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Editorial: Press restrictions a slippery slope

Chances are that by now you've seen the iconic photo showing Prime Minister Justin Trudeau embracing Tragically Hip frontman Gord Downie.

The image is everywhere — newspapers, television, social media. It's the predominately circulated photo of the hug and it prominently features Trudeau as the singer's back is to the camera.

But here's the kicker: the photo wasn't taken by a journalist. It was taken by the PM's staff photographer — the man who is in Trudeau's inner circle, the man who has access to capturing some of the most intimate moments while he is in office. Adam Scotti also has the ability to stage photos and go where journalists aren't generally allowed.

The issue is not with the photo itself. The issue is that photojournalists were barred from taking photos at what was one of the biggest nights in recent Canadian history.

Photojournalists who snap photos of more than just the prime minister were unable to do their jobs that night — and so, the only images come from a man paid to produce flattering images of the prime minister, and the tour photographer — who is paid to take images of the performers.

People tuned in from across the country to watch Downie, who has been diagnosed with a rare and terminal form of brain cancer, give his all on that Kingston stage. It was a momentous occasion. It was a once-in-a-lifetime gig. It was a chance to document music history — and the press were not invited.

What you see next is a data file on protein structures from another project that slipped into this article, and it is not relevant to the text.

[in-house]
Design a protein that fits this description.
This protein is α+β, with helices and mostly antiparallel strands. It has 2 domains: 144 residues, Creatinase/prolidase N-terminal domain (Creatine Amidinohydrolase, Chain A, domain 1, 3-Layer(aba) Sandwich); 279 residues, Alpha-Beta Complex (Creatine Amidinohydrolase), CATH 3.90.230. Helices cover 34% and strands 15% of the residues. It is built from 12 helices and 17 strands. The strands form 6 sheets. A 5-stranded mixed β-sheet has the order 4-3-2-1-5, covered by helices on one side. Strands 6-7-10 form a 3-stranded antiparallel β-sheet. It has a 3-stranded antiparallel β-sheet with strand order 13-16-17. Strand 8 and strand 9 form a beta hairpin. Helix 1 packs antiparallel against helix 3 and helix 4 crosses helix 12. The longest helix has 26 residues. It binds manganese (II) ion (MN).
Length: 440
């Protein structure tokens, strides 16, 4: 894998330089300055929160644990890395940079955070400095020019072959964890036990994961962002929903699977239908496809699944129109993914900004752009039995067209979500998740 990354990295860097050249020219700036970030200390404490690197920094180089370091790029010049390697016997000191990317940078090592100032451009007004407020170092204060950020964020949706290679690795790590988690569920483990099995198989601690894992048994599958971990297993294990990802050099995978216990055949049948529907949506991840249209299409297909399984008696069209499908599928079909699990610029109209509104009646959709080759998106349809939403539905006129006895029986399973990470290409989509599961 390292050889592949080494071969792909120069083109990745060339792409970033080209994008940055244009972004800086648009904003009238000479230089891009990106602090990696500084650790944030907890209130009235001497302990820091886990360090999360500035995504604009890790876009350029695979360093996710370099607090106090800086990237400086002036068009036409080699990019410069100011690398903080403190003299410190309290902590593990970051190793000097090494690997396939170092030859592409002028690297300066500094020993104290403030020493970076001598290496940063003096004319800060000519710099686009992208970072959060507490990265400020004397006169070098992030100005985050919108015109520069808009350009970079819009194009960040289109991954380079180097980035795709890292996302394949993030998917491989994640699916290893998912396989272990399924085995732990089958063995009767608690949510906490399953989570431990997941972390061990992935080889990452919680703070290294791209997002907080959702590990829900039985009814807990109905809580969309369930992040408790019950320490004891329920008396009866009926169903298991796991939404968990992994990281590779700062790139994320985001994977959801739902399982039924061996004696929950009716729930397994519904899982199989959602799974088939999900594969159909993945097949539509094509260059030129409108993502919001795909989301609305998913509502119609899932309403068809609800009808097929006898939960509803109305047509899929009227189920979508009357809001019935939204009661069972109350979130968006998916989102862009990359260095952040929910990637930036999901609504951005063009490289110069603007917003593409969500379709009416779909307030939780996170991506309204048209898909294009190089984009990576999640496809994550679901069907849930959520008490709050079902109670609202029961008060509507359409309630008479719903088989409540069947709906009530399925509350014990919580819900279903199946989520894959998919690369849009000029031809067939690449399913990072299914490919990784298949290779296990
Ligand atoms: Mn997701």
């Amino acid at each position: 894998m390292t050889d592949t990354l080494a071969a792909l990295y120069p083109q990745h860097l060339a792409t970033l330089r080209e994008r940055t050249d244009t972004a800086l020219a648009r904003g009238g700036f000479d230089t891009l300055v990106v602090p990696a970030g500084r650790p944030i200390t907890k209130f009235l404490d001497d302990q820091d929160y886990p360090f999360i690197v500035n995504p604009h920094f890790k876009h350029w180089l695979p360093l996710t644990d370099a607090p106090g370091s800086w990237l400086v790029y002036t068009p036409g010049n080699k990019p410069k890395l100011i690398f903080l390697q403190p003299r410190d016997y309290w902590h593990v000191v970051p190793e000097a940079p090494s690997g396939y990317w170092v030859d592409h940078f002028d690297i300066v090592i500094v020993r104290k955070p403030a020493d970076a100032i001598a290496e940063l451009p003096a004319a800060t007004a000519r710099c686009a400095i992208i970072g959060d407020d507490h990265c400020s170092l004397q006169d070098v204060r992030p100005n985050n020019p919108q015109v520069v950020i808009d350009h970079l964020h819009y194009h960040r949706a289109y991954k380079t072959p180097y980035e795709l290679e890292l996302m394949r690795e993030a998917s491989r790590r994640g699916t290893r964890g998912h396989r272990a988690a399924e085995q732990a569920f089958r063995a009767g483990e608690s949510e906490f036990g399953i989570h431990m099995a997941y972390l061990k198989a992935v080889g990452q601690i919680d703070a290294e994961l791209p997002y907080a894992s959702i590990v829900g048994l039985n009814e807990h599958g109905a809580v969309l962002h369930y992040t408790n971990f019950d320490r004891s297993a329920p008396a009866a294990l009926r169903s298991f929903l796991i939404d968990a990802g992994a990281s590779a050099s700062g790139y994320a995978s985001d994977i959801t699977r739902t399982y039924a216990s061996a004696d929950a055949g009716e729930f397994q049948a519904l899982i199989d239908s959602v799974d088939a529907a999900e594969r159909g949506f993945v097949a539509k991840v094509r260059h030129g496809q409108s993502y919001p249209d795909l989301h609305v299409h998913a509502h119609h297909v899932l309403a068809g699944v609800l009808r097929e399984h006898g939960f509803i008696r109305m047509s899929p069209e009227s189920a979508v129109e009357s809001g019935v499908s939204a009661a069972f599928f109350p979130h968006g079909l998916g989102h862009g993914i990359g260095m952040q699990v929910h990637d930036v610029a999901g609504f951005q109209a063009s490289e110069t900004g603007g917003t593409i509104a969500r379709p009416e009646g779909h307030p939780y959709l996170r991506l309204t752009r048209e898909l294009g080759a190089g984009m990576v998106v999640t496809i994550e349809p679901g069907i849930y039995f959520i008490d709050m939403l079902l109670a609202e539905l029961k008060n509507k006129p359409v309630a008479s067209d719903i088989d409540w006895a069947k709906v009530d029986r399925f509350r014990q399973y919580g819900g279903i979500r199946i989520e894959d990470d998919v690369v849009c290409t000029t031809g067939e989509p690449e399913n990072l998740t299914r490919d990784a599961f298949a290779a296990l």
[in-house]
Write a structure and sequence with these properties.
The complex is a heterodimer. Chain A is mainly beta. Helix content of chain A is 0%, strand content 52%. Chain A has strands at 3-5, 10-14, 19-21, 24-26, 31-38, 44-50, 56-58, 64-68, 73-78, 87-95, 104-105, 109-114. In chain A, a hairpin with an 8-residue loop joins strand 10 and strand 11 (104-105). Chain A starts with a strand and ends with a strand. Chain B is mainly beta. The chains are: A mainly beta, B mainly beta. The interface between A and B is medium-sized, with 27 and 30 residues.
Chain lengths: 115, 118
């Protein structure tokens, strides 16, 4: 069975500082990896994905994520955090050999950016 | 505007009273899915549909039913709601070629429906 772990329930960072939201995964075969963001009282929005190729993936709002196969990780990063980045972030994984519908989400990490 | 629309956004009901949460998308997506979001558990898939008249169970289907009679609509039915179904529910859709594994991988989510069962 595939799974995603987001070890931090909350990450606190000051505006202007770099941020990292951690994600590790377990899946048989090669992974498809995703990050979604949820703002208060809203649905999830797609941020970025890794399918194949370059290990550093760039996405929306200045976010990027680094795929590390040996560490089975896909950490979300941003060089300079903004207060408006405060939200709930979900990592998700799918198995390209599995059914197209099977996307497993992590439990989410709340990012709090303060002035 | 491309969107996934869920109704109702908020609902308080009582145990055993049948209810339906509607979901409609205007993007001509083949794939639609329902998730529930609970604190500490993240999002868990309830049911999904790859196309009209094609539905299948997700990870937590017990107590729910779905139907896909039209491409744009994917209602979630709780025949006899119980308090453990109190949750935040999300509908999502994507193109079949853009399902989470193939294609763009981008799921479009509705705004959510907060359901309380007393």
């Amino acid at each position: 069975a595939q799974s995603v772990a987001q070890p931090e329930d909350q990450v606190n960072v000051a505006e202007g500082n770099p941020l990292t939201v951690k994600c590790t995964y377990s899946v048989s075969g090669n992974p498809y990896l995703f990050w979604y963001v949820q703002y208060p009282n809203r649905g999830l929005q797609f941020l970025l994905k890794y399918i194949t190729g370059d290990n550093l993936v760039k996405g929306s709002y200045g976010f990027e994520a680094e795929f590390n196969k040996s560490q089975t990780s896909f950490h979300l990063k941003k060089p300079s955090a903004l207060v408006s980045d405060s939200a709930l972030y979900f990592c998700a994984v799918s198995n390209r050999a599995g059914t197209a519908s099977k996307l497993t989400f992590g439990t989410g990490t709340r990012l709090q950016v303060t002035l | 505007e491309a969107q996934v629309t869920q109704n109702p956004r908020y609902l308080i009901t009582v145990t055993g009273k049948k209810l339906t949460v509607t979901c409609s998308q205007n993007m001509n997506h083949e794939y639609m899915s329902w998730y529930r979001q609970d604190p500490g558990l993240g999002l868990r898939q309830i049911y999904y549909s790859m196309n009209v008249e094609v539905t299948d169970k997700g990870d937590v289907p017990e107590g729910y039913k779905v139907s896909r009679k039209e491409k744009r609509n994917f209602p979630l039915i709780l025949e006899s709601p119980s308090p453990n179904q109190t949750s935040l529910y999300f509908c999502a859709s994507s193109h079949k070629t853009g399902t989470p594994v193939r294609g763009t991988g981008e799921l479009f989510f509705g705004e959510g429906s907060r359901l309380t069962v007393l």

For some people, that may not seem like a big deal. For journalists, it's troublesome.

How many moments were missed? How many interactions between fans and Downie were overlooked? Who else was in attendance? What if something miraculous, or, God forbid, tragic, happened that night? Would the Liberal staffer take those photos or would he be hurrying off to be by the PM's side? Would the tour photographer have focused on the chaos unfolding? It's doubtful.

Recognized news organizations have a key role to play in keeping the public informed. Denying access to events, or severely restricting access, is detrimental to the public, even if they don't initially see the value of the media.

There were moments that could — and should — have been captured by professional journalists. While the Hip's music and message will live on, the world missed out on powerful images from the final show — powerful images only the press could provide.

While there is no doubt the photo that is circulating of Trudeau and Downie is touching, it's self-serving for the prime minister's office to ensure the public sees it.

They say a photo is worth 1,000 words — and for those who like to control the message, shutting out the press ensures exactly what that message will be. To allow this to happen sets a dangerous precedent.


To view a collection of stories and opinions on the Hip's last show, click here or visit:

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